at this mission as one of their first pick touch points that they look back and say this is success, this is a buzzword in the military, foreign and internal defense. this is what it is supposed to look like. so it has a legacy to it, but honestly is a pretty good story, too. we try to write it like a thriller so if you're looking for an analysis on politics and a really good look at the government and what he did wrong in policy you want a peace center that gets you into bolivia 1967 and runs you through it in a kind of a fast-paced life and you will like this. so if there are any questions now, thank you all for coming out we appreciate you coming. let's get some questions now. i like the discussion. [applause]
the >> i read the book after he spent 30 years with castro that there were three people castro feared. one of them disappeared in a plane trip that never in that anywhere the second one the arrested because castro didn't have the guts to do it himself and then the third one was che guevara who was out of control, and from what i am dressed in the book he was very clear in saying that he basically turned them over and sent him to bolivia to his death actually tipping off the american cia that, you know, basically where he was and what he was doing. have you run across any of that to confirm what he wrote? >> let me give you a little background. right now i'm looking at another book that will be published next
year and it's about william morgan, an american who went to cuba and fought with the second front. so the research i've had to do for not only che but also for this new book that's coming out about william morgan, which really touches on the relationship with castro and che and morgan and the leaders of the second round at the conflict with the 26th of july movement. ..
you have to wait for conditions to be right before you wage revolution. che was more, you don't wait for conditions to be right. there is injustice you go ahead and make that revolution. i really, from my perspective, from my opinion i don't think castro's intend to bolivia. i think he had castros busing when he went to bolivia and he was exporting a cuban style revolution to that country which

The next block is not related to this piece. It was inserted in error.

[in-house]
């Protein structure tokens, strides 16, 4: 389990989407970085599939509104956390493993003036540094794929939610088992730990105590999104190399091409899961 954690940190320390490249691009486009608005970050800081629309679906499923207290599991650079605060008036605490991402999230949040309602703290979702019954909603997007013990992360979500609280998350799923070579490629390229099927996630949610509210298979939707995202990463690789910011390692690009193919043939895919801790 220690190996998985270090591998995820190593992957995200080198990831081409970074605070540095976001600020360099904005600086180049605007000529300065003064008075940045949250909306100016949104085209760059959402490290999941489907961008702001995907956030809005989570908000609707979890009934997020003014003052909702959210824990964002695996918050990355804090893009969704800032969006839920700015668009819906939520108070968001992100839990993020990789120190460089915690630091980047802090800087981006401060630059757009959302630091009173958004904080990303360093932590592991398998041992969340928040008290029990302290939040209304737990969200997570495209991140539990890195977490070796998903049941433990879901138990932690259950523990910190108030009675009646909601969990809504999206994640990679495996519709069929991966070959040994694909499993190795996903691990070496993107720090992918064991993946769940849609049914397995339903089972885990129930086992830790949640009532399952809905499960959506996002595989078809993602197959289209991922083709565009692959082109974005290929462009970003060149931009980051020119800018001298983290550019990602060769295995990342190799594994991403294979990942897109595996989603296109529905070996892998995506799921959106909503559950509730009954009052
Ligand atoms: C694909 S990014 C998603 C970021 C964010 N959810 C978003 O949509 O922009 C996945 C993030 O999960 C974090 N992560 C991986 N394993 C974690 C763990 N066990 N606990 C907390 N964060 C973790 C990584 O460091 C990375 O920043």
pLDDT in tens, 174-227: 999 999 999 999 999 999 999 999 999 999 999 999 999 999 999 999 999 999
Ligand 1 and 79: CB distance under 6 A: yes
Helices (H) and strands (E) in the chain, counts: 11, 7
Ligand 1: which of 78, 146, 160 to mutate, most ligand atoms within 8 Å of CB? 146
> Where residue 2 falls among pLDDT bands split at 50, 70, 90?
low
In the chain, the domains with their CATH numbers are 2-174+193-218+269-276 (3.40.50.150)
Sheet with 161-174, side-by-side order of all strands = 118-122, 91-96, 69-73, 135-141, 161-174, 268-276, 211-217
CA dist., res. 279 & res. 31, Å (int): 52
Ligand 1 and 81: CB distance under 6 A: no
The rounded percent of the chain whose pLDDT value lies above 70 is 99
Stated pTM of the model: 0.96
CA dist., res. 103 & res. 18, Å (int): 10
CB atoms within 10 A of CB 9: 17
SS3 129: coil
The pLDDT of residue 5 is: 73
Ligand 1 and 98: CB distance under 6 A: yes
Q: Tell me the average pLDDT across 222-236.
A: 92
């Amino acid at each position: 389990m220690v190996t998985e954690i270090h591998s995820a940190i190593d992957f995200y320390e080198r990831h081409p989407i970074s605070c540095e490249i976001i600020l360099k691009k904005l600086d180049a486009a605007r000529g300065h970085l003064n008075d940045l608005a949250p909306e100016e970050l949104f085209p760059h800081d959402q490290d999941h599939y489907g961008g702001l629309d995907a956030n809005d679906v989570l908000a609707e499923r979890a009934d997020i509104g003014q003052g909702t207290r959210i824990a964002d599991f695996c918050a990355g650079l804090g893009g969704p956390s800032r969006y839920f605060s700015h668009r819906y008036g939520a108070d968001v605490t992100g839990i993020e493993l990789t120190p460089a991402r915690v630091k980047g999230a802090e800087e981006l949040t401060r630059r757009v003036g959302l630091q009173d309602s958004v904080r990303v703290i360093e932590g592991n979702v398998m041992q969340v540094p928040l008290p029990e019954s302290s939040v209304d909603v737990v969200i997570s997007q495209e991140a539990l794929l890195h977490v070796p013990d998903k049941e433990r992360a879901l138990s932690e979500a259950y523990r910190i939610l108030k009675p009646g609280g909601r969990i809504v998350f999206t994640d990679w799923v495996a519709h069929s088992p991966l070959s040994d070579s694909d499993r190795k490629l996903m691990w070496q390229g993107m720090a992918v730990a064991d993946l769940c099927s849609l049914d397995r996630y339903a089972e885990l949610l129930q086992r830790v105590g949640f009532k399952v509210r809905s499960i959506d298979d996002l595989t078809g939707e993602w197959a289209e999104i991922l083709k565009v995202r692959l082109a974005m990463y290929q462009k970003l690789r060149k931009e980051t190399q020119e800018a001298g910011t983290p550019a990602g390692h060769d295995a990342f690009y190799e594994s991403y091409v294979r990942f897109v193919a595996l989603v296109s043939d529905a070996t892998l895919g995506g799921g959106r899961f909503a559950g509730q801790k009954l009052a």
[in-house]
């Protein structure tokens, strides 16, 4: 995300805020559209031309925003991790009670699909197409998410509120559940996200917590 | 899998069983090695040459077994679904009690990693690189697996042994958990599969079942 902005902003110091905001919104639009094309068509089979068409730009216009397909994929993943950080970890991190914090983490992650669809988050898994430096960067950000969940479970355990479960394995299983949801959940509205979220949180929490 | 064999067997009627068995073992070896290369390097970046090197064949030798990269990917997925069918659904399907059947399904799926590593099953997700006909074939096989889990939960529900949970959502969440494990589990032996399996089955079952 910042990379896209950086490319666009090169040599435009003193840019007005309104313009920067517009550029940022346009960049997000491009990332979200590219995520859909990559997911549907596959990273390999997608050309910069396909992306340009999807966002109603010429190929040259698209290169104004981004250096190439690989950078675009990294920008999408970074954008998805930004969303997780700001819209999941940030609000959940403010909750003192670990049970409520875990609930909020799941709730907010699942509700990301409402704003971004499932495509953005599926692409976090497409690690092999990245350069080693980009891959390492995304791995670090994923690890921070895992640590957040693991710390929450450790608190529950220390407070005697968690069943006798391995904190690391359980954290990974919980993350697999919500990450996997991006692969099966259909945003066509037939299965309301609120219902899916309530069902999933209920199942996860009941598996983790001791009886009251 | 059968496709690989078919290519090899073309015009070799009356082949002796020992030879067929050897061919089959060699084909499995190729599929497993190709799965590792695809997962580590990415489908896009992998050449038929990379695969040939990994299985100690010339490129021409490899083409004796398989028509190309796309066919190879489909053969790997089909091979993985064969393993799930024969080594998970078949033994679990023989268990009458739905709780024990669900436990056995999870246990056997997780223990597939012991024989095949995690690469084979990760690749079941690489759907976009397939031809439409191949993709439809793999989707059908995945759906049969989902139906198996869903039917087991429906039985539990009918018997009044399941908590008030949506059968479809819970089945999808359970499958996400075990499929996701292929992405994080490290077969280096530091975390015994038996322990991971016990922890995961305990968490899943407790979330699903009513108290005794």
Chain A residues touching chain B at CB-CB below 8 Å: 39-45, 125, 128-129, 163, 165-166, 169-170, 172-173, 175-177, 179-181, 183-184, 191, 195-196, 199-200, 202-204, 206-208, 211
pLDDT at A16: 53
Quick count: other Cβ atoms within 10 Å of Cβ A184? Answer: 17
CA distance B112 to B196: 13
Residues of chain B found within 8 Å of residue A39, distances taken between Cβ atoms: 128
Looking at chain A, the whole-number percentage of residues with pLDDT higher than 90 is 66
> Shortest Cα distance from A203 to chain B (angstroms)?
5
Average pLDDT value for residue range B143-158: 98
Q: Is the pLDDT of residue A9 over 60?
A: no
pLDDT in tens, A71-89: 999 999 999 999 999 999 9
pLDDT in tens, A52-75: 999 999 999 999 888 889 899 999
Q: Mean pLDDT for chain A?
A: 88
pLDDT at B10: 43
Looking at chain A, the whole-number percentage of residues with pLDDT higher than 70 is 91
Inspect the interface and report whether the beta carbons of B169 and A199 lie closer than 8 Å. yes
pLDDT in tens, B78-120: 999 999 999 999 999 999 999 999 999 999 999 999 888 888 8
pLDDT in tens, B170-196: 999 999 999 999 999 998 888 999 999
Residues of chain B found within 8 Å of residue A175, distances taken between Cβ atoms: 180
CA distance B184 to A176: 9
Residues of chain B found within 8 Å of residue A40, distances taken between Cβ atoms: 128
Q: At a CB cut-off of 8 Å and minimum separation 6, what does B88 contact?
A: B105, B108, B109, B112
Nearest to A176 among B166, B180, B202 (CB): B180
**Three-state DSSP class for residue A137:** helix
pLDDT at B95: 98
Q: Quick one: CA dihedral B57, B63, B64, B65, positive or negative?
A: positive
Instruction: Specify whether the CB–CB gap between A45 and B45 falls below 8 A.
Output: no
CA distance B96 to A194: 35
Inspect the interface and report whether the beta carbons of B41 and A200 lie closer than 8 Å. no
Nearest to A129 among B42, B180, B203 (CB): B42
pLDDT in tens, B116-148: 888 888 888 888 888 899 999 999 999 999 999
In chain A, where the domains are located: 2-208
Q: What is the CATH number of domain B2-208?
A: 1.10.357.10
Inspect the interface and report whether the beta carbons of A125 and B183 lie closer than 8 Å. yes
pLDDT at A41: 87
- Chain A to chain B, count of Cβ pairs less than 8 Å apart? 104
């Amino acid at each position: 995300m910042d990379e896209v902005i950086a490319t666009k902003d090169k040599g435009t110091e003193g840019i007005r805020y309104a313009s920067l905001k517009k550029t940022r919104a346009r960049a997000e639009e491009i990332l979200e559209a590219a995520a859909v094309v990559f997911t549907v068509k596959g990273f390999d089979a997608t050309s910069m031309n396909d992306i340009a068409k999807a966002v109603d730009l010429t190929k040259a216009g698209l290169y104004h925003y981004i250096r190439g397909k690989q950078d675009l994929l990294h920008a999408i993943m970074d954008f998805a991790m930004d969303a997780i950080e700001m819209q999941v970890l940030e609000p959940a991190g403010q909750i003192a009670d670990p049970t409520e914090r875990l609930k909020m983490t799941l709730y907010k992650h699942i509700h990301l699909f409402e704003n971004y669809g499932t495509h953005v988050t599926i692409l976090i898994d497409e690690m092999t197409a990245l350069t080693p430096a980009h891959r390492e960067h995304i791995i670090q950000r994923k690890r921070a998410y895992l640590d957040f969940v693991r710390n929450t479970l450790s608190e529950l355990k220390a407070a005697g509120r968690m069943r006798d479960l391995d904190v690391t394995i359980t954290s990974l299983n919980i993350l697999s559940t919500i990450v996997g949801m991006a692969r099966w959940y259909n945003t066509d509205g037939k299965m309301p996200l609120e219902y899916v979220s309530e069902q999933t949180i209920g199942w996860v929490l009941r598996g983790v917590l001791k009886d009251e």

she hoped would spread to bolivia's neighbors. >> the local population have an understanding of the government, some of them did not even know what country they belong to really. the level of education and isolation to this area that you chose, are very suspicious of strangers. they gave him virtually no support. you know, it just fell on deaf ears to a great extent. >> your absolutely right. there are a lot of good points there. one, you pick the wrong area of the country. this was an isolated area with indians who spoke a different dialect. so when he was there trying to recruit, remember, you have a haven in rural areas.
he would just go to town to give speeches. there would be silenced because they did not understand a word he said. and seriously he spoke a different dialect altogether. also, it was a sparsely populated area. if he had picked another part of the country near the copper and tin mines were there were unions and students, there was unrest in bolivia in 1967, but he picked it area. i'm trying to think of the united states. it was just isolated. there were people there. there were suspicious. he miscalculated. he went to bolivia in part because it neighborhood other countries. he thought that he could spread revolution to those countries. he also went to bolivia because it up to have the weakest military. they did.